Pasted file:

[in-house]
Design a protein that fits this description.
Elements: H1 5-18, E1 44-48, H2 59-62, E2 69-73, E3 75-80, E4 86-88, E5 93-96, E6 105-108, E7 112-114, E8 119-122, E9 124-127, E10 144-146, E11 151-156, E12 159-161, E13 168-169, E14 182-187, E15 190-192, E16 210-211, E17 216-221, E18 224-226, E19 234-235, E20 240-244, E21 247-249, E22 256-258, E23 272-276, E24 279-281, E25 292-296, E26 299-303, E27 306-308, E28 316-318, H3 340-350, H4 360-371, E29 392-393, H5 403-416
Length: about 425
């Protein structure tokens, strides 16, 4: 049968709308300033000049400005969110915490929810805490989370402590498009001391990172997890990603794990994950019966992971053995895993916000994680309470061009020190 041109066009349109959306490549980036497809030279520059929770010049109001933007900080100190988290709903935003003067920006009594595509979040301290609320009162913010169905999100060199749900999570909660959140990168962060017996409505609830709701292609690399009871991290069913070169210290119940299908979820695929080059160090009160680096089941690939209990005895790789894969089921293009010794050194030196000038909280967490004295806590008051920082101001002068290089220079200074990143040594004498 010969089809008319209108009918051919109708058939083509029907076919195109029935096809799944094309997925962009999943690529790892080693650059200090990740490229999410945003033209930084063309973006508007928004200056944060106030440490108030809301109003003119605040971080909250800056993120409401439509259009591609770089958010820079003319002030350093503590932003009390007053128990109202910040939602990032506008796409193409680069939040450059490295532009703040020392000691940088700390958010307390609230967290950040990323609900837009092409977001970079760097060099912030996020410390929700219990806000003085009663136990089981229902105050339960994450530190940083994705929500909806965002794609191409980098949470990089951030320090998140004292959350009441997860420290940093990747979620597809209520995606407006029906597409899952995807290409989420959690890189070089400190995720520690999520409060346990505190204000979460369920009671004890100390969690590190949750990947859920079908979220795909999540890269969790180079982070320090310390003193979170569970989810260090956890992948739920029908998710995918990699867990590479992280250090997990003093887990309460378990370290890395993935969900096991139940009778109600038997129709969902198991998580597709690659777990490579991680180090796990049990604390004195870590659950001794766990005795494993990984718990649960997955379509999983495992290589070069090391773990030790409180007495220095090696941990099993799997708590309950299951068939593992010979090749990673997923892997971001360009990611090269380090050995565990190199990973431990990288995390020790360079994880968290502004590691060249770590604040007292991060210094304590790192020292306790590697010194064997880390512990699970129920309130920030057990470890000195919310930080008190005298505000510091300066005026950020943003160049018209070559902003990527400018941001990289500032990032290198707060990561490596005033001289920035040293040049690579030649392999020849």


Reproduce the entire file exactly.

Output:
[in-house]
Design a protein that fits this description.
Elements: H1 5-18, E1 44-48, H2 59-62, E2 69-73, E3 75-80, E4 86-88, E5 93-96, E6 105-108, E7 112-114, E8 119-122, E9 124-127, E10 144-146, E11 151-156, E12 159-161, E13 168-169, E14 182-187, E15 190-192, E16 210-211, E17 216-221, E18 224-226, E19 234-235, E20 240-244, E21 247-249, E22 256-258, E23 272-276, E24 279-281, E25 292-296, E26 299-303, E27 306-308, E28 316-318, H3 340-350, H4 360-371, E29 392-393, H5 403-416
Length: about 425
């Protein structure tokens, strides 16, 4: 049968709308300033000049400005969110915490929810805490989370402590498009001391990172997890990603794990994950019966992971053995895993916000994680309470061009020190 041109066009349109959306490549980036497809030279520059929770010049109001933007900080100190988290709903935003003067920006009594595509979040301290609320009162913010169905999100060199749900999570909660959140990168962060017996409505609830709701292609690399009871991290069913070169210290119940299908979820695929080059160090009160680096089941690939209990005895790789894969089921293009010794050194030196000038909280967490004295806590008051920082101001002068290089220079200074990143040594004498 010969089809008319209108009918051919109708058939083509029907076919195109029935096809799944094309997925962009999943690529790892080693650059200090990740490229999410945003033209930084063309973006508007928004200056944060106030440490108030809301109003003119605040971080909250800056993120409401439509259009591609770089958010820079003319002030350093503590932003009390007053128990109202910040939602990032506008796409193409680069939040450059490295532009703040020392000691940088700390958010307390609230967290950040990323609900837009092409977001970079760097060099912030996020410390929700219990806000003085009663136990089981229902105050339960994450530190940083994705929500909806965002794609191409980098949470990089951030320090998140004292959350009441997860420290940093990747979620597809209520995606407006029906597409899952995807290409989420959690890189070089400190995720520690999520409060346990505190204000979460369920009671004890100390969690590190949750990947859920079908979220795909999540890269969790180079982070320090310390003193979170569970989810260090956890992948739920029908998710995918990699867990590479992280250090997990003093887990309460378990370290890395993935969900096991139940009778109600038997129709969902198991998580597709690659777990490579991680180090796990049990604390004195870590659950001794766990005795494993990984718990649960997955379509999983495992290589070069090391773990030790409180007495220095090696941990099993799997708590309950299951068939593992010979090749990673997923892997971001360009990611090269380090050995565990190199990973431990990288995390020790360079994880968290502004590691060249770590604040007292991060210094304590790192020292306790590697010194064997880390512990699970129920309130920030057990470890000195919310930080008190005298505000510091300066005026950020943003160049018209070559902003990527400018941001990289500032990032290198707060990561490596005033001289920035040293040049690579030649392999020849």